Passion, Life & Your Career

26 06 2012

“Being alive is a creative process.” – Sir Ken Robinson

I had the opportunity to hear Sir Ken Robinson speak at the NACE (National Association of Colleges & Employers) Annual Conference this year.  He was quite the entertainer.  After the announcer finished introducing him by reading his bio, he came on stage and said, “I do sound quite impressive, don’t I?”  After the jokes, he brought up three points that I’d like to share with you as they relate to life and your career.  I hope you find the information as useful and inspiring as I did.

You create your life through the choices you make.

In doing this, your resume creates itself, not the other way around.  It’s up to you to build your resume throughout your life.  Just because it’s not a typical job doesn’t mean it’s not experience.  Don’t let your resume define you – you define your resume.  Seek out the knowledge required to advance your career, find a mentor, and learn all you can in your field of interest.  Step outside of your field as well.  Approach it from an enterprise-wide perspective.  Learn about other areas of business and how they work together, not just your immediate job function.

Life is not linear. 

Be ready for curveballs.  Just because you completed Step 1, doesn’t mean Step 2 is next.  This is what’s so great about life.  It gives you challenges along the way.  Nothing is perfect, nor is it predetermined.  When asked about his background and accomplishments, Sir Ken Robinson said he never planned to do any of it.  Life threw him good pitches, some curveballs, and a few wild ones.  Those little curveballs gave him the experience.  Henry Ford is credited with saying, “Error is only the opportunity to begin again, intelligently.”  Now you know what to do and what not to do, based on your experiences.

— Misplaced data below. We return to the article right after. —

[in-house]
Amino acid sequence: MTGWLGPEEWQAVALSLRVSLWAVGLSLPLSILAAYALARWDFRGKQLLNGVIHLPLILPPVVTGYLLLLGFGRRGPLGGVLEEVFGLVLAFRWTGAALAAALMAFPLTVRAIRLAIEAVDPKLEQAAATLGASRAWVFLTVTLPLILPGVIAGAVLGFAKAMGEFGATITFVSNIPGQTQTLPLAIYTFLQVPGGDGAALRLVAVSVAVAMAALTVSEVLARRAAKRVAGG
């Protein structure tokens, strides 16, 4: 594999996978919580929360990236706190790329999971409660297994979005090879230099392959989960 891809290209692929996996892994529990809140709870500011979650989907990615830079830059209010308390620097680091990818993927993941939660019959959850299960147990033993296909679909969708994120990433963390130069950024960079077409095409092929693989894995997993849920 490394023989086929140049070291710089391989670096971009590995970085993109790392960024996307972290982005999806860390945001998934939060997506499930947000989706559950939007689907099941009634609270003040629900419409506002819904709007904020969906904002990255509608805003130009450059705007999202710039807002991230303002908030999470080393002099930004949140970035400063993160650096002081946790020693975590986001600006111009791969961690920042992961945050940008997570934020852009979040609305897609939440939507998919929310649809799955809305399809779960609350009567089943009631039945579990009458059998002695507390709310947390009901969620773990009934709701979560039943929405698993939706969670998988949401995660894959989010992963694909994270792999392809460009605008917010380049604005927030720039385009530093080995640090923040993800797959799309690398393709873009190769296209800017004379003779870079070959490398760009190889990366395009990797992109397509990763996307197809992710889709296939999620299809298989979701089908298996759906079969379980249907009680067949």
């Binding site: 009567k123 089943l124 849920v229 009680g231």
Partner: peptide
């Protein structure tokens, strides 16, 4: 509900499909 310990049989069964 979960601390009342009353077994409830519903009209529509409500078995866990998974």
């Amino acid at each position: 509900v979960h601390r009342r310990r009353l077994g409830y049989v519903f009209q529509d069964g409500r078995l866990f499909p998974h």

Finding your passion changes everything.

Many people never discover their true talents.  Sure, they get their jobs done, but they’re not happy.  It’s just a “job.”  Finding your passion may seem cliche’, but I can tell you this – he’s right.  It changes everything.  It’s a beautiful thing with a career and passion come together.  Work is no longer work.  You get to do what you love, and in turn, you love what you do.  Passion keeps us engaged in the workplace.  It helps us succeed.  It sparks creativity and inspires those around us who aren’t as engaged or passionate about their jobs.  Passion is something that can’t be taught.  It’s something that you find through life’s many experiences.  When you find it, you’ll know.

Lastly, he reminded us all that imagination is everything.  We need a career vision.  If we know what we want to achieve, make a few adjustments for curveballs along the way, and invest in our passion and talent, our lives emerge, evolve, making our resume look like it was planned.

What’s your career vision?





Advice from the Neighborhood

12 06 2012

 

I know I’ve said this before: pop culture is awesome.  Over the years, I’ve written about The A-Team, Muppets, Vanilla Ice and Smurfs.  I may be dating myself, but I’m going to go somewhere I’ve never gone before with this week’s blog post.  I’m going to the neighborhood….Mister Rogers’ Neighborhood, to be exact.  Growing up, Fred Rogers was part of daily programming, next to Sesame Street.  Yep – we watched a lot of PBS and you know what?  I think it really helped me develop as an individual.  Everything from classic children’s programming like Sesame Street to more advanced (yet SO intriguing) shows like NOVA helped spark my imagination and curiosity.  I learned a very important lesson.

Last week, Mister Rogers remixed by Symphony of Science’s John D. Boswell for PBS Digital Studios was released on YouTube.  It went VIRAL.  If you like the video, please support your local PBS station: http://www.pbs.org/donate.

Here’s the full video: 

The video reminded me that one should never stop learning in life.  Like Mister Rogers said, “there are so many things to learn about in this world.  It’s good to be curious.”